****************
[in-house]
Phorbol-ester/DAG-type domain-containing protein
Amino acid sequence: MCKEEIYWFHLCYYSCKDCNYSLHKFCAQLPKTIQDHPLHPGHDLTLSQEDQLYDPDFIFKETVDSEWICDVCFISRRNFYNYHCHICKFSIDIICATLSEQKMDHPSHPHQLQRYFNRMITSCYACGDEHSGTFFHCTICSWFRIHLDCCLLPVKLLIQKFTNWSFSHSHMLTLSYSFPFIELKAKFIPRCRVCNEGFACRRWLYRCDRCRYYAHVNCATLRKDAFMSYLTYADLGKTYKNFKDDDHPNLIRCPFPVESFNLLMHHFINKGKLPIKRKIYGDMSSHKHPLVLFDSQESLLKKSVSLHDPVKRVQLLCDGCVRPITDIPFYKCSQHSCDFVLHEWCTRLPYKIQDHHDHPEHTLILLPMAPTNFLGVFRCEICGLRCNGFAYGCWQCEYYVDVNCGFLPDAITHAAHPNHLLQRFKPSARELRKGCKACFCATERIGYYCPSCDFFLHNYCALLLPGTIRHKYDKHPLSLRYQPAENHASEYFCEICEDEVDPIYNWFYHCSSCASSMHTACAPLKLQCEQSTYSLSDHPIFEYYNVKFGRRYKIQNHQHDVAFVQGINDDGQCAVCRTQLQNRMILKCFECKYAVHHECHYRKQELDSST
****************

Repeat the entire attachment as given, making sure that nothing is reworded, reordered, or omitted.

[in-house]
Phorbol-ester/DAG-type domain-containing protein
Amino acid sequence: MCKEEIYWFHLCYYSCKDCNYSLHKFCAQLPKTIQDHPLHPGHDLTLSQEDQLYDPDFIFKETVDSEWICDVCFISRRNFYNYHCHICKFSIDIICATLSEQKMDHPSHPHQLQRYFNRMITSCYACGDEHSGTFFHCTICSWFRIHLDCCLLPVKLLIQKFTNWSFSHSHMLTLSYSFPFIELKAKFIPRCRVCNEGFACRRWLYRCDRCRYYAHVNCATLRKDAFMSYLTYADLGKTYKNFKDDDHPNLIRCPFPVESFNLLMHHFINKGKLPIKRKIYGDMSSHKHPLVLFDSQESLLKKSVSLHDPVKRVQLLCDGCVRPITDIPFYKCSQHSCDFVLHEWCTRLPYKIQDHHDHPEHTLILLPMAPTNFLGVFRCEICGLRCNGFAYGCWQCEYYVDVNCGFLPDAITHAAHPNHLLQRFKPSARELRKGCKACFCATERIGYYCPSCDFFLHNYCALLLPGTIRHKYDKHPLSLRYQPAENHASEYFCEICEDEVDPIYNWFYHCSSCASSMHTACAPLKLQCEQSTYSLSDHPIFEYYNVKFGRRYKIQNHQHDVAFVQGINDDGQCAVCRTQLQNRMILKCFECKYAVHHECHYRKQELDSST